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West Virginia code book a little thicker thanks to unneeded law

A new and unnecessary law takes effect in West Virginia this week.

The law targets gasoline drive-offs. It says that anyone who puts gas in his car and drives off without paying can be sentenced to up to a year in prison, fined $2,500 or both. Anyone who does the same thing a second time can also lose his driver's license for up to a year.

The West Virginia Oil Marketers and Grocers Association prodded the Legislature to pass the law this year. The law serves the interests of the association's members, but no one else's.

Why?

First, most gas drive-offs are the result of absent-mindedness, not criminal intent. Perhaps they're in a hurry, perhaps they're preoccupied -- whatever the reason, most customers who drive off with gas just forget to pay. They didn't intend to steal, they just forgot to pay. Those are two very different things. If absent-mindedness is a crime, we're all lawbreakers.

Second, police have better things to do than chase down and charge drivers who's only crime is being absent-minded. No, we don't have the statistics to back it up, but we'd bet most gas drive-offs, since they're accidental, end with embarrassed drivers returning to pay what they owe. Isn't that a better resolution than putting more strain on our already understaffed police departments, overburdened courts and overcrowded jails and prisons?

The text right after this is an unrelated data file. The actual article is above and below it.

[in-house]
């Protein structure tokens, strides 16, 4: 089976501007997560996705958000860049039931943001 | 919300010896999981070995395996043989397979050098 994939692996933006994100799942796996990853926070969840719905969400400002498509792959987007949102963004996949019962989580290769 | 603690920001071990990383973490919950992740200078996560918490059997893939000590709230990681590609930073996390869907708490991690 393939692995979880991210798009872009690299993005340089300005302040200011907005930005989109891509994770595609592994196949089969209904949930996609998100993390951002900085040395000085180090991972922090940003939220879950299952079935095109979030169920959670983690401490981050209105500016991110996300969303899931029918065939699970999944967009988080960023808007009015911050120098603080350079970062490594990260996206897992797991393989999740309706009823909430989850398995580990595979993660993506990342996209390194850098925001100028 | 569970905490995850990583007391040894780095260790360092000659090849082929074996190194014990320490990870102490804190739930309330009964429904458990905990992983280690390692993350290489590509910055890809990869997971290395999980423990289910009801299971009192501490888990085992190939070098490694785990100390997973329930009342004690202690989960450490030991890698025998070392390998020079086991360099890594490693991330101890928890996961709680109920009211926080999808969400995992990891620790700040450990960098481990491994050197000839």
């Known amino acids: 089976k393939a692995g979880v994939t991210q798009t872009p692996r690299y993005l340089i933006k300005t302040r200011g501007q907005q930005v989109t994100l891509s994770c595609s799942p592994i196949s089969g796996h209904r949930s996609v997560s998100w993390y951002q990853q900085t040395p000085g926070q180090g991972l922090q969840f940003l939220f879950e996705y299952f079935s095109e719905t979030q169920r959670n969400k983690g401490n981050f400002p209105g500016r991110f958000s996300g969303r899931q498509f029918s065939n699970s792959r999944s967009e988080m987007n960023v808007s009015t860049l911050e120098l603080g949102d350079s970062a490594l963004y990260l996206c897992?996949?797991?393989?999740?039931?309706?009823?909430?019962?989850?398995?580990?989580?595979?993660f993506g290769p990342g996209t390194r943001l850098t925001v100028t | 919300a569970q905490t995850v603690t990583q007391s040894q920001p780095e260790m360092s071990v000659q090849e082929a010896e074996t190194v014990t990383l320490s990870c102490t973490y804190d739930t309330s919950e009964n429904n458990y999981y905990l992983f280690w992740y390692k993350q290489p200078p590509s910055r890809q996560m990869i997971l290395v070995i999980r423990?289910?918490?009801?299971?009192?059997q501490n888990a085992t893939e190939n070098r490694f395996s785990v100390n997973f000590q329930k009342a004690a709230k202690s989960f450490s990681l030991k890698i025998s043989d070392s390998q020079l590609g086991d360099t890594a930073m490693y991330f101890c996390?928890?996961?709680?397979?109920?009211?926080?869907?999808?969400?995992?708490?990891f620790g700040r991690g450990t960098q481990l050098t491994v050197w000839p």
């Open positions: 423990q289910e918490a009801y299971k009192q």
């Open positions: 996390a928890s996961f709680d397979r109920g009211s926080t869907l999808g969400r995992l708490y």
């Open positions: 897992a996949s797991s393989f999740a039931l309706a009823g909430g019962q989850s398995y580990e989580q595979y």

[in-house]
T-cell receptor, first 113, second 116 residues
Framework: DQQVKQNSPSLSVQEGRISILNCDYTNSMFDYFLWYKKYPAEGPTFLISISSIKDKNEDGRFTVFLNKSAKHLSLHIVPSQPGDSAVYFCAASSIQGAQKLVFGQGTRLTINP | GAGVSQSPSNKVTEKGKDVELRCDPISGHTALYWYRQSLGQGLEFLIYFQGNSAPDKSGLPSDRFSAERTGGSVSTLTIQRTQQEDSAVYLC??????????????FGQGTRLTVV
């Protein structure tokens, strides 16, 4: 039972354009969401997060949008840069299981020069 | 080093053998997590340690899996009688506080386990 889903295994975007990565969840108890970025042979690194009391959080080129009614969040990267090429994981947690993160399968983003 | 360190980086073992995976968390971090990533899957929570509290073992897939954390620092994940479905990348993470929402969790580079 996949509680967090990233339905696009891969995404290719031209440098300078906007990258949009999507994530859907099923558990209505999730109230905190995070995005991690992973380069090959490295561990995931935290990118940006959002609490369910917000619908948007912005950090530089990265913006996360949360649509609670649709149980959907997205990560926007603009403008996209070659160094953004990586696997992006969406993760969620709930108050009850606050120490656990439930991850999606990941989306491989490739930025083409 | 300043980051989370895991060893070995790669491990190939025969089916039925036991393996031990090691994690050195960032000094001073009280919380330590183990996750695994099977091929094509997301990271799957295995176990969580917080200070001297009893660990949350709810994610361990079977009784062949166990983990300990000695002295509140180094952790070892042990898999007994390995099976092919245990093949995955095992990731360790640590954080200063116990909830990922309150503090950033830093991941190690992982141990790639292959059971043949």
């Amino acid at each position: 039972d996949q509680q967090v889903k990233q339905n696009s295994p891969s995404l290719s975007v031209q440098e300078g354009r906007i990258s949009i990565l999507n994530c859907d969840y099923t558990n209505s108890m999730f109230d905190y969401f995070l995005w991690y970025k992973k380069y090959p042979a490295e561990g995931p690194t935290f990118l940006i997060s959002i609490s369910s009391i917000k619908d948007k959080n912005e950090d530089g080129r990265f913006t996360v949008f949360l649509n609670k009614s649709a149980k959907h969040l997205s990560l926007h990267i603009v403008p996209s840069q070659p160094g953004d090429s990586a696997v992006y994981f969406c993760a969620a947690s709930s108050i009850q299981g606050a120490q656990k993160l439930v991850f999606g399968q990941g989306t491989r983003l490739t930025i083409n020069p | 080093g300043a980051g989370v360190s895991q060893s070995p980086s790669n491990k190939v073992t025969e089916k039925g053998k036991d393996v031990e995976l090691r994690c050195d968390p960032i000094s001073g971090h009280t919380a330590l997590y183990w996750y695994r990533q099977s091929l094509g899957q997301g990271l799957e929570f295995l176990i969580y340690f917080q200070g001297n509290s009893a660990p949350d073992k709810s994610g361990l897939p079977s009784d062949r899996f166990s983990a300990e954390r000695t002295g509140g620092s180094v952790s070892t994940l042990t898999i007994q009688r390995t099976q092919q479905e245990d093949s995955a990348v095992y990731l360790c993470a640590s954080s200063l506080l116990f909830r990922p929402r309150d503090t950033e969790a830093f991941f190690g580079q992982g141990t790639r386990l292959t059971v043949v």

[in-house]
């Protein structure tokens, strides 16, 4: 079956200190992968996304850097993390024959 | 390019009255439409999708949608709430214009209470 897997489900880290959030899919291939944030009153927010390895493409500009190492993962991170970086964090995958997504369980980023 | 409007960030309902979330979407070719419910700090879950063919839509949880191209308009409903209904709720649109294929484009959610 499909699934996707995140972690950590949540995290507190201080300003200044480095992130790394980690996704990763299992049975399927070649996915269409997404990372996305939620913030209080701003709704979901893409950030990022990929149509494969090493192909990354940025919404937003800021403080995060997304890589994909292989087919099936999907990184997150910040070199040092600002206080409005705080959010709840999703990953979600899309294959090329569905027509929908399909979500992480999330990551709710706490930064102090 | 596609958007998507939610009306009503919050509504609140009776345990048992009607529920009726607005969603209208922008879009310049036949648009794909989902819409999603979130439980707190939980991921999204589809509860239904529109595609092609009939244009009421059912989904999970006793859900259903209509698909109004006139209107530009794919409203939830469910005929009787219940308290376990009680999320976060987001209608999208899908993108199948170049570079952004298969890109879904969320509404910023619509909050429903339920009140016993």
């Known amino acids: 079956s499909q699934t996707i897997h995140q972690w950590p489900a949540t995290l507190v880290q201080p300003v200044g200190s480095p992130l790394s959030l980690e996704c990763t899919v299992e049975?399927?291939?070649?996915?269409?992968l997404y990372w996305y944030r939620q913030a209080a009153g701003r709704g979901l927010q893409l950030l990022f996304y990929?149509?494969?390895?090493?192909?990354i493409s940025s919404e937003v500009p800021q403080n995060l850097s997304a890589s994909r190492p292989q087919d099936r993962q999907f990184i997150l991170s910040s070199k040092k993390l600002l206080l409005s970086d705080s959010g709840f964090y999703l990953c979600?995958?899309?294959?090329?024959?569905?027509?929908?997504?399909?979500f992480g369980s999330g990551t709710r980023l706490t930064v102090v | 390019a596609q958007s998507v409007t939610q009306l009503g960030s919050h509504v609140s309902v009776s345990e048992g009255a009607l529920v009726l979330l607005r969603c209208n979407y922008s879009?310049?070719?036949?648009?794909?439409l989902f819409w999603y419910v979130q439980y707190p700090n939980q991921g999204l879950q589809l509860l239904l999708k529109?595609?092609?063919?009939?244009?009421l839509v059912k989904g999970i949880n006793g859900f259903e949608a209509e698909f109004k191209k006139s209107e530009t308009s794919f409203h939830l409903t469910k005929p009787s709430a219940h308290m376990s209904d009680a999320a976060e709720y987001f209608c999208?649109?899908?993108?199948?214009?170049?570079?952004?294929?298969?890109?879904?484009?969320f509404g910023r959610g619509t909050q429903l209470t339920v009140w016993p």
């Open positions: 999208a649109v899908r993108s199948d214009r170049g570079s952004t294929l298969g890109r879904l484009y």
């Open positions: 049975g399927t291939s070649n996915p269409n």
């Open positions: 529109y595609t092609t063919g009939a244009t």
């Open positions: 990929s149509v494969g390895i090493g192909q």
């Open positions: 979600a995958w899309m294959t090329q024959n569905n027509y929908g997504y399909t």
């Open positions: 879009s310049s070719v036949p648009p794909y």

Oil Marketers and Grocers Association Executive Director Janet Vineyard say the new law is aimed only at real thieves, such as those who pump gas, drop the nozzle so the sale won't register with the cashier, then take off. "We're not after the woman with 15 kids in the station wagon who just forgets," Vineyard says. Is that so? Does the association's new law allow for "the woman with 15 kids in the station wagon?" Or will she be prosecuted just like the confirmed criminal? If so, look for justice's slow pace to slow even more.

Are we arguing against punishing lawbreakers? No, we're arguing against writing new laws to satisfy every special-interest group. Anyone truly guilty of stealing gasoline could have been prosecuted under previous state law. There was no need to add one just to please the West Virginia Oil Marketers and Grocers Association. But lawmakers listen to special interests, forget about their constituents, and government grows bigger.

Tim Langer

Telegram Editorial Board member

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